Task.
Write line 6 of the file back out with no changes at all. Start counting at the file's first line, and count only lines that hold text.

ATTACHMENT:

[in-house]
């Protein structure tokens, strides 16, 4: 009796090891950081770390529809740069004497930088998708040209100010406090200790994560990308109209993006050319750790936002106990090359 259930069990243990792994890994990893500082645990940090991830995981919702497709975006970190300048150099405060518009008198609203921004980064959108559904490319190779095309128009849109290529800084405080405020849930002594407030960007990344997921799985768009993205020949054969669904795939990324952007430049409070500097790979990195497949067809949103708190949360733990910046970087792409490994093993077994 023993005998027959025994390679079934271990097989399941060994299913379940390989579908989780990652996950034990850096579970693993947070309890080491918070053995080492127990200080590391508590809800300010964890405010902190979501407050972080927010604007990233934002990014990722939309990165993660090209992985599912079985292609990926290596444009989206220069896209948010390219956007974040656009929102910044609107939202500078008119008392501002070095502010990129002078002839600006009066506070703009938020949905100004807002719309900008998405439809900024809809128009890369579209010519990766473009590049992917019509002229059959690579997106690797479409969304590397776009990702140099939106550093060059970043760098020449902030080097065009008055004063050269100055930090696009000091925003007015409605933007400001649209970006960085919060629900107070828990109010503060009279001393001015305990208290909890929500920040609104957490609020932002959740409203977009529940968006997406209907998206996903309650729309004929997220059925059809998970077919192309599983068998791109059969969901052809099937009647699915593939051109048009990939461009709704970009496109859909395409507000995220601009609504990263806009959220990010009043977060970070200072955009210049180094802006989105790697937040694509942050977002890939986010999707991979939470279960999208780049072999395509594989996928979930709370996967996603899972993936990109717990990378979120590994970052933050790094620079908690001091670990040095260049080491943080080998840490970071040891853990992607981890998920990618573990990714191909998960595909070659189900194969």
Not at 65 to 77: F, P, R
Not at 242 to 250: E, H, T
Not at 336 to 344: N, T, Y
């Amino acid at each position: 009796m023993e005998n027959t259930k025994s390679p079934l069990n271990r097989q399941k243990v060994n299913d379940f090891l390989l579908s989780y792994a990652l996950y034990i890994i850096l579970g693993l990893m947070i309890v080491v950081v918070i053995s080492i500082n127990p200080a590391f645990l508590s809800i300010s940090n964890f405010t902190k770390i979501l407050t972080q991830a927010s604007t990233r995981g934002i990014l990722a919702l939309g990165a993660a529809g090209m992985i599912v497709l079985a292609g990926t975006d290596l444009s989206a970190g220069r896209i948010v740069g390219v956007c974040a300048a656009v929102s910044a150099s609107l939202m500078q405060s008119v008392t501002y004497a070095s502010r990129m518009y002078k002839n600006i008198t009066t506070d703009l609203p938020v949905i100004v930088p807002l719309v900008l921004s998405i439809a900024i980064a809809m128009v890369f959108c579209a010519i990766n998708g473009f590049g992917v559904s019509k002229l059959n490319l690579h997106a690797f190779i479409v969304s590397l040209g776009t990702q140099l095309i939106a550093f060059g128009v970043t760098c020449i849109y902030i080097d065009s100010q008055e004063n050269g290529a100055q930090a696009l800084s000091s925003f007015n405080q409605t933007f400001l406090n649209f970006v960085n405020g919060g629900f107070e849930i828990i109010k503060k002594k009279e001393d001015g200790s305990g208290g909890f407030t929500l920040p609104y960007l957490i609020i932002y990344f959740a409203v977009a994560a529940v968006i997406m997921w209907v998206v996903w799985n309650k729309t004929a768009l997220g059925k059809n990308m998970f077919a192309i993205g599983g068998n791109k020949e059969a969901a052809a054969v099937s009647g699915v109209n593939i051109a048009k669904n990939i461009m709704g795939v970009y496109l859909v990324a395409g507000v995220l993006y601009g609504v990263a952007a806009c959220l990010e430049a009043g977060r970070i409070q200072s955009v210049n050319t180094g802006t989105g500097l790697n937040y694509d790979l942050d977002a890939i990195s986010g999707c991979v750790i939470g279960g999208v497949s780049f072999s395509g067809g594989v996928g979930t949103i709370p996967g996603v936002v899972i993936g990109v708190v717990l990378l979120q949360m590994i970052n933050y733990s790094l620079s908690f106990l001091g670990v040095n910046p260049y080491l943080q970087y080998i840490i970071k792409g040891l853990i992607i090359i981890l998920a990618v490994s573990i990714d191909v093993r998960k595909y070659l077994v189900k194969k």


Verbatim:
């Amino acid at each position: 009796m023993e005998n027959t259930k025994s390679p079934l069990n271990r097989q399941k243990v060994n299913d379940f090891l390989l579908s989780y792994a990652l996950y034990i890994i850096l579970g693993l990893m947070i309890v080491v950081v918070i053995s080492i500082n127990p200080a590391f645990l508590s809800i300010s940090n964890f405010t902190k770390i979501l407050t972080q991830a927010s604007t990233r995981g934002i990014l990722a919702l939309g990165a993660a529809g090209m992985i599912v497709l079985a292609g990926t975006d290596l444009s989206a970190g220069r896209i948010v740069g390219v956007c974040a300048a656009v929102s910044a150099s609107l939202m500078q405060s008119v008392t501002y004497a070095s502010r990129m518009y002078k002839n600006i008198t009066t506070d703009l609203p938020v949905i100004v930088p807002l719309v900008l921004s998405i439809a900024i980064a809809m128009v890369f959108c579209a010519i990766n998708g473009f590049g992917v559904s019509k002229l059959n490319l690579h997106a690797f190779i479409v969304s590397l040209g776009t990702q140099l095309i939106a550093f060059g128009v970043t760098c020449i849109y902030i080097d065009s100010q008055e004063n050269g290529a100055q930090a696009l800084s000091s925003f007015n405080q409605t933007f400001l406090n649209f970006v960085n405020g919060g629900f107070e849930i828990i109010k503060k002594k009279e001393d001015g200790s305990g208290g909890f407030t929500l920040p609104y960007l957490i609020i932002y990344f959740a409203v977009a994560a529940v968006i997406m997921w209907v998206v996903w799985n309650k729309t004929a768009l997220g059925k059809n990308m998970f077919a192309i993205g599983g068998n791109k020949e059969a969901a052809a054969v099937s009647g699915v109209n593939i051109a048009k669904n990939i461009m709704g795939v970009y496109l859909v990324a395409g507000v995220l993006y601009g609504v990263a952007a806009c959220l990010e430049a009043g977060r970070i409070q200072s955009v210049n050319t180094g802006t989105g500097l790697n937040y694509d790979l942050d977002a890939i990195s986010g999707c991979v750790i939470g279960g999208v497949s780049f072999s395509g067809g594989v996928g979930t949103i709370p996967g996603v936002v899972i993936g990109v708190v717990l990378l979120q949360m590994i970052n933050y733990s790094l620079s908690f106990l001091g670990v040095n910046p260049y080491l943080q970087y080998i840490i970071k792409g040891l853990i992607i090359i981890l998920a990618v490994s573990i990714d191909v093993r998960k595909y070659l077994v189900k194969k």